Looking back at health stories for 2011, I found “27 Shocking Moments in Celebrity Health”. The ‘shocking’ moments range from the commonplace (celebrities with various diseases) to bizarre (Angelina Jolie eats bugs). In most cases, they’re only interesting because celebrities are afflicted. But two stories stood out as representative of extremes in the current state of medical care.
On the one end of the spectrum we have Steve Jobs’ death, after a years-long struggle with a rare form of pancreatic cancer. Why is this significant? Because according to many accounts, he initially spurned conventional treatment and instead turned to alternative medicine for several months. When he finally saw the writing on the wall, it may have been too late. Speculation is that the initial delay made this normally curable cancer worse and more deadly.
So why did such a smart person make such an ill-informed decision. Plenty of people have weighed in with their opinion, and at this point it’s just so much Monday-morning quarterbacking. But there are important lessons for the rest of us: alternative medicine sounds attractive — it’s natural, it doesn’t involve toxic drugs, surgeries or Big Pharma — but it’s mostly wishful thinking. It would be nice if our bodies could be counted on to drive off nasty tumors, if only we’d eat the right food or take the right supplements or herbs. Unfortunately, once a cancer takes hold, a different type of natural but undesirable process takes hold — uncontrolled cell growth. So far, no alternative treatments can reverse that process. Don’t you think that if such a treatment were discovered, everyone would know about it? At which point, even the most traditional doctor would be forced to act on the glaring evidence.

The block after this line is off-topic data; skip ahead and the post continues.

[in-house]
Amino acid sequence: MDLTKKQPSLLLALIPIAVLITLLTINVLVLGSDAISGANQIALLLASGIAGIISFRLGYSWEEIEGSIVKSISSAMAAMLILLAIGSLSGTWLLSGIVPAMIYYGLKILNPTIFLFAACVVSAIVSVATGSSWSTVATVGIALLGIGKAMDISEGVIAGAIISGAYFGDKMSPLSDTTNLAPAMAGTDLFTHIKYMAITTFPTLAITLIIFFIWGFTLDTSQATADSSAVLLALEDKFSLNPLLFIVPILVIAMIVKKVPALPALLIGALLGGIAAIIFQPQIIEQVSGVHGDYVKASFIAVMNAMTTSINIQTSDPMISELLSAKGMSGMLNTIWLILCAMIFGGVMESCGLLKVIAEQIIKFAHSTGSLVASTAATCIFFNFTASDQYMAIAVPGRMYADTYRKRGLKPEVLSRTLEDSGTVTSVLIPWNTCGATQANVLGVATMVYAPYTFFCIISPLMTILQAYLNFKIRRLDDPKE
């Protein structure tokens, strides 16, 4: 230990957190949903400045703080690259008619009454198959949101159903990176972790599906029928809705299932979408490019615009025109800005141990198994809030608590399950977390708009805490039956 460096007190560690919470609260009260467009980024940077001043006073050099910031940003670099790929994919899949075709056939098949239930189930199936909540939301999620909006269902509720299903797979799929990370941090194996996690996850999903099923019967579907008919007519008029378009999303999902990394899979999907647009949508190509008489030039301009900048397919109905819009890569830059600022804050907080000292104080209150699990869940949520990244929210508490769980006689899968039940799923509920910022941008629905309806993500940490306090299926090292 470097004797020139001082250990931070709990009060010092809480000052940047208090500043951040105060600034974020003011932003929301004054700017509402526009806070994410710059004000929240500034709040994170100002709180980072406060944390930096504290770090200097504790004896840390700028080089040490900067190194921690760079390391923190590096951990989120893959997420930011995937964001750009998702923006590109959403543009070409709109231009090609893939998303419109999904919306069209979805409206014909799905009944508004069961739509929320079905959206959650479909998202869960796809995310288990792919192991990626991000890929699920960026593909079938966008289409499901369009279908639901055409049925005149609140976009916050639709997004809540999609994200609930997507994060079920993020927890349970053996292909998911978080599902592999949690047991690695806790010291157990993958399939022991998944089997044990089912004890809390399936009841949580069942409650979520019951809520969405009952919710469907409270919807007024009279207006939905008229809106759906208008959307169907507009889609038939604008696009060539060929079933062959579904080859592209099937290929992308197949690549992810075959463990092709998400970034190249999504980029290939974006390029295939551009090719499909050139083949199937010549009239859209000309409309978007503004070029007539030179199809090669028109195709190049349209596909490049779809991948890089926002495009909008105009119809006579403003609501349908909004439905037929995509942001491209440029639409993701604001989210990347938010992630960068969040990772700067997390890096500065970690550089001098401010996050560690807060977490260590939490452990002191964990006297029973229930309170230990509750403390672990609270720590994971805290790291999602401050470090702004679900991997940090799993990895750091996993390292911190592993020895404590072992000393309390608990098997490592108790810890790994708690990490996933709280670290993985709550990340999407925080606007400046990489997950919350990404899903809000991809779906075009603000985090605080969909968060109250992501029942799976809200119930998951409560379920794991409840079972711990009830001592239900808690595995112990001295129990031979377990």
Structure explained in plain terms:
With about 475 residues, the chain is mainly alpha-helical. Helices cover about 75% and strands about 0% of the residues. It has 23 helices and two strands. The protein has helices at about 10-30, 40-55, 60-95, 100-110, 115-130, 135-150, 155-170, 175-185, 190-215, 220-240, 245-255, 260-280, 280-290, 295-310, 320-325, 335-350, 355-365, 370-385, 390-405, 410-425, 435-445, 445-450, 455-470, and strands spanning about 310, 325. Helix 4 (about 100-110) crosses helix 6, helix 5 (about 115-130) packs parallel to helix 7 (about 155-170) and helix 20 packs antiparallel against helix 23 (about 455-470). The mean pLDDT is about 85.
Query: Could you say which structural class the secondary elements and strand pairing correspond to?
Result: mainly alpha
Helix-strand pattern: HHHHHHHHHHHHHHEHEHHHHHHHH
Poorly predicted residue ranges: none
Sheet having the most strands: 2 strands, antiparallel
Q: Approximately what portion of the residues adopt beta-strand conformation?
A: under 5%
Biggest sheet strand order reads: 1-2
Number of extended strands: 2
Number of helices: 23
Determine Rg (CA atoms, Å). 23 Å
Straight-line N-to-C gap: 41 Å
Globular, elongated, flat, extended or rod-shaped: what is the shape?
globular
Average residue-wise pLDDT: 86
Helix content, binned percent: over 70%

On the other end of the spectrum we have high tech advancements in treatment, exemplified by the continuing remarkable recovery of Gabrielle Giffords from a gun shot wound to her head. Emergency medicine, treatment of brain injuries and rehab have progressed far in the past few years. Giffords’ survival depended on an army of medical personnel, from the first responders to surgeons and neurologists, to nurses to a variety of rehab specialists who are helping her with mobility, speech and everything in between. All of these professionals’ expertise is built on years of learning from other brain injury cases. When a friend of mine sustained a head injury in a bicycle accident last fall, the same expertise was applied to her treatment and continuing recovery. Fifteen or so years ago, these injuries may not have had such happy and optimistic outcomes.
These two cases contrast the advances in high tech medical care with our continuing love affair with the idea of warm-and-fuzzy non-technical “natural” alternative medicine. The lesson is: when you have a serious medical problem, medical care is your best bet. What we usually call alternative “medicine” really works better as preventive care. Wouldn’t you rather prevent cancer or heart disease with a healthy lifestyle, than wait until you get sick to try it as a quick fix?